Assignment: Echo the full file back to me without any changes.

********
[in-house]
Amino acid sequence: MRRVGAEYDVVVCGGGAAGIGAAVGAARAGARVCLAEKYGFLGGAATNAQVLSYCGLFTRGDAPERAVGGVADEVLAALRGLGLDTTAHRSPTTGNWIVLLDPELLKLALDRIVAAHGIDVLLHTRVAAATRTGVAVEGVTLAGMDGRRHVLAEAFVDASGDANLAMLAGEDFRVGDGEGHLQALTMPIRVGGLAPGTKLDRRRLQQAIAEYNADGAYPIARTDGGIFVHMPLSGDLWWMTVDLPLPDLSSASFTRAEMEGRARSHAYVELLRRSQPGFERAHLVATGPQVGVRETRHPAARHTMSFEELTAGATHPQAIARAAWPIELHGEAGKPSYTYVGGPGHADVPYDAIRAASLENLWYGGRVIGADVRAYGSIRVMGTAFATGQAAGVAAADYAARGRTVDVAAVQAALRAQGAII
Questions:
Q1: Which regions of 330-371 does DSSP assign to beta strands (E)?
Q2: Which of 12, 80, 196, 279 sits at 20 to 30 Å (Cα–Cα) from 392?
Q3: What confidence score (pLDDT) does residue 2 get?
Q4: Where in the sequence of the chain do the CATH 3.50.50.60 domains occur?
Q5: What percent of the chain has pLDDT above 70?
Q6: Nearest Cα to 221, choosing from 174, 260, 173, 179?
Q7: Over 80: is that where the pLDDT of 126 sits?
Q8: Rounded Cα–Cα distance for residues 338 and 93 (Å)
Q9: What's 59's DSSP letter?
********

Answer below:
[in-house]
Amino acid sequence: MRRVGAEYDVVVCGGGAAGIGAAVGAARAGARVCLAEKYGFLGGAATNAQVLSYCGLFTRGDAPERAVGGVADEVLAALRGLGLDTTAHRSPTTGNWIVLLDPELLKLALDRIVAAHGIDVLLHTRVAAATRTGVAVEGVTLAGMDGRRHVLAEAFVDASGDANLAMLAGEDFRVGDGEGHLQALTMPIRVGGLAPGTKLDRRRLQQAIAEYNADGAYPIARTDGGIFVHMPLSGDLWWMTVDLPLPDLSSASFTRAEMEGRARSHAYVELLRRSQPGFERAHLVATGPQVGVRETRHPAARHTMSFEELTAGATHPQAIARAAWPIELHGEAGKPSYTYVGGPGHADVPYDAIRAASLENLWYGGRVIGADVRAYGSIRVMGTAFATGQAAGVAAADYAARGRTVDVAAVQAALRAQGAII
Questions:
Q1: Which regions of 330-371 does DSSP assign to beta strands (E)?
Q2: Which of 12, 80, 196, 279 sits at 20 to 30 Å (Cα–Cα) from 392?
Q3: What confidence score (pLDDT) does residue 2 get?
Q4: Where in the sequence of the chain do the CATH 3.50.50.60 domains occur?
Q5: What percent of the chain has pLDDT above 70?
Q6: Nearest Cα to 221, choosing from 174, 260, 173, 179?
Q7: Over 80: is that where the pLDDT of 126 sits?
Q8: Rounded Cα–Cα distance for residues 338 and 93 (Å)
Q9: What's 59's DSSP letter?